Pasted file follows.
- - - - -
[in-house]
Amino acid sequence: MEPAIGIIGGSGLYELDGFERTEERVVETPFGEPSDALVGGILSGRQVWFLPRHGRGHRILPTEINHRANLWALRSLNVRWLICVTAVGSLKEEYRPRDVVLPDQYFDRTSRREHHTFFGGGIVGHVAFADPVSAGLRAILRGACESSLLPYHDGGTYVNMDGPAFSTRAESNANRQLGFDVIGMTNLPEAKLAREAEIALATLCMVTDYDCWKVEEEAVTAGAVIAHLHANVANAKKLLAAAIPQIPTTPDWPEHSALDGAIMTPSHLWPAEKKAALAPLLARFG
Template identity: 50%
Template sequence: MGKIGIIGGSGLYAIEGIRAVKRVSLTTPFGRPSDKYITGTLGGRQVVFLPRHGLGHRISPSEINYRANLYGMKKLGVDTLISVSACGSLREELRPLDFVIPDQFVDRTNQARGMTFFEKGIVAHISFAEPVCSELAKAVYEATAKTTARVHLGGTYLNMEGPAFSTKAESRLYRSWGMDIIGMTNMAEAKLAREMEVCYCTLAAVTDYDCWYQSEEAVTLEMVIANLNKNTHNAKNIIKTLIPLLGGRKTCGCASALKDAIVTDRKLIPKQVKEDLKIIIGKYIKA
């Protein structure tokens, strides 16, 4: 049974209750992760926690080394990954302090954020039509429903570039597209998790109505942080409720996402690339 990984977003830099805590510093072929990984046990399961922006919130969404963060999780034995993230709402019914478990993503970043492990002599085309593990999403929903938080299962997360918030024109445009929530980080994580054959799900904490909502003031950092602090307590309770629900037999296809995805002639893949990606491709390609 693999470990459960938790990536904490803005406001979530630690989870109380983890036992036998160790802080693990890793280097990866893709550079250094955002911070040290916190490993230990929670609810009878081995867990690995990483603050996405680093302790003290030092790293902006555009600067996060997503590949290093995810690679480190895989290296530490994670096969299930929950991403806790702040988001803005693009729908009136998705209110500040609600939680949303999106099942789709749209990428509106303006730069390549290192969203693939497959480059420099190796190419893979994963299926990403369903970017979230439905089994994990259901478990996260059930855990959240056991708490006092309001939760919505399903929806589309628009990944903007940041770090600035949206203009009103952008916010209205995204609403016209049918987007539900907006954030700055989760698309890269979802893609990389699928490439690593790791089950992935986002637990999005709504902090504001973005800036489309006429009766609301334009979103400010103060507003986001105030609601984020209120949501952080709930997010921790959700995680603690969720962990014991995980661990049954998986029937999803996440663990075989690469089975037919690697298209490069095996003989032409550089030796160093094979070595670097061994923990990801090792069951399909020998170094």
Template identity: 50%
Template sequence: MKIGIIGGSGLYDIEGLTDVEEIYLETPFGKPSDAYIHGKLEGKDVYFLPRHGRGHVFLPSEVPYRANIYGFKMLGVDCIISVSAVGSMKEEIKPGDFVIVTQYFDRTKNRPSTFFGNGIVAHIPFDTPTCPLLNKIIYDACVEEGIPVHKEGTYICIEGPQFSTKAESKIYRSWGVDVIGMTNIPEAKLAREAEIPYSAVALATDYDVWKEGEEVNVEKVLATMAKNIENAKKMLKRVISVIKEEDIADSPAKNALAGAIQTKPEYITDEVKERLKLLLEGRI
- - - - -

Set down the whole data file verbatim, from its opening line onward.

[in-house]
Amino acid sequence: MEPAIGIIGGSGLYELDGFERTEERVVETPFGEPSDALVGGILSGRQVWFLPRHGRGHRILPTEINHRANLWALRSLNVRWLICVTAVGSLKEEYRPRDVVLPDQYFDRTSRREHHTFFGGGIVGHVAFADPVSAGLRAILRGACESSLLPYHDGGTYVNMDGPAFSTRAESNANRQLGFDVIGMTNLPEAKLAREAEIALATLCMVTDYDCWKVEEEAVTAGAVIAHLHANVANAKKLLAAAIPQIPTTPDWPEHSALDGAIMTPSHLWPAEKKAALAPLLARFG
Template identity: 50%
Template sequence: MGKIGIIGGSGLYAIEGIRAVKRVSLTTPFGRPSDKYITGTLGGRQVVFLPRHGLGHRISPSEINYRANLYGMKKLGVDTLISVSACGSLREELRPLDFVIPDQFVDRTNQARGMTFFEKGIVAHISFAEPVCSELAKAVYEATAKTTARVHLGGTYLNMEGPAFSTKAESRLYRSWGMDIIGMTNMAEAKLAREMEVCYCTLAAVTDYDCWYQSEEAVTLEMVIANLNKNTHNAKNIIKTLIPLLGGRKTCGCASALKDAIVTDRKLIPKQVKEDLKIIIGKYIKA
């Protein structure tokens, strides 16, 4: 049974209750992760926690080394990954302090954020039509429903570039597209998790109505942080409720996402690339 990984977003830099805590510093072929990984046990399961922006919130969404963060999780034995993230709402019914478990993503970043492990002599085309593990999403929903938080299962997360918030024109445009929530980080994580054959799900904490909502003031950092602090307590309770629900037999296809995805002639893949990606491709390609 693999470990459960938790990536904490803005406001979530630690989870109380983890036992036998160790802080693990890793280097990866893709550079250094955002911070040290916190490993230990929670609810009878081995867990690995990483603050996405680093302790003290030092790293902006555009600067996060997503590949290093995810690679480190895989290296530490994670096969299930929950991403806790702040988001803005693009729908009136998705209110500040609600939680949303999106099942789709749209990428509106303006730069390549290192969203693939497959480059420099190796190419893979994963299926990403369903970017979230439905089994994990259901478990996260059930855990959240056991708490006092309001939760919505399903929806589309628009990944903007940041770090600035949206203009009103952008916010209205995204609403016209049918987007539900907006954030700055989760698309890269979802893609990389699928490439690593790791089950992935986002637990999005709504902090504001973005800036489309006429009766609301334009979103400010103060507003986001105030609601984020209120949501952080709930997010921790959700995680603690969720962990014991995980661990049954998986029937999803996440663990075989690469089975037919690697298209490069095996003989032409550089030796160093094979070595670097061994923990990801090792069951399909020998170094």
Template identity: 50%
Template sequence: MKIGIIGGSGLYDIEGLTDVEEIYLETPFGKPSDAYIHGKLEGKDVYFLPRHGRGHVFLPSEVPYRANIYGFKMLGVDCIISVSAVGSMKEEIKPGDFVIVTQYFDRTKNRPSTFFGNGIVAHIPFDTPTCPLLNKIIYDACVEEGIPVHKEGTYICIEGPQFSTKAESKIYRSWGVDVIGMTNIPEAKLAREAEIPYSAVALATDYDVWKEGEEVNVEKVLATMAKNIENAKKMLKRVISVIKEEDIADSPAKNALAGAIQTKPEYITDEVKERLKLLLEGRI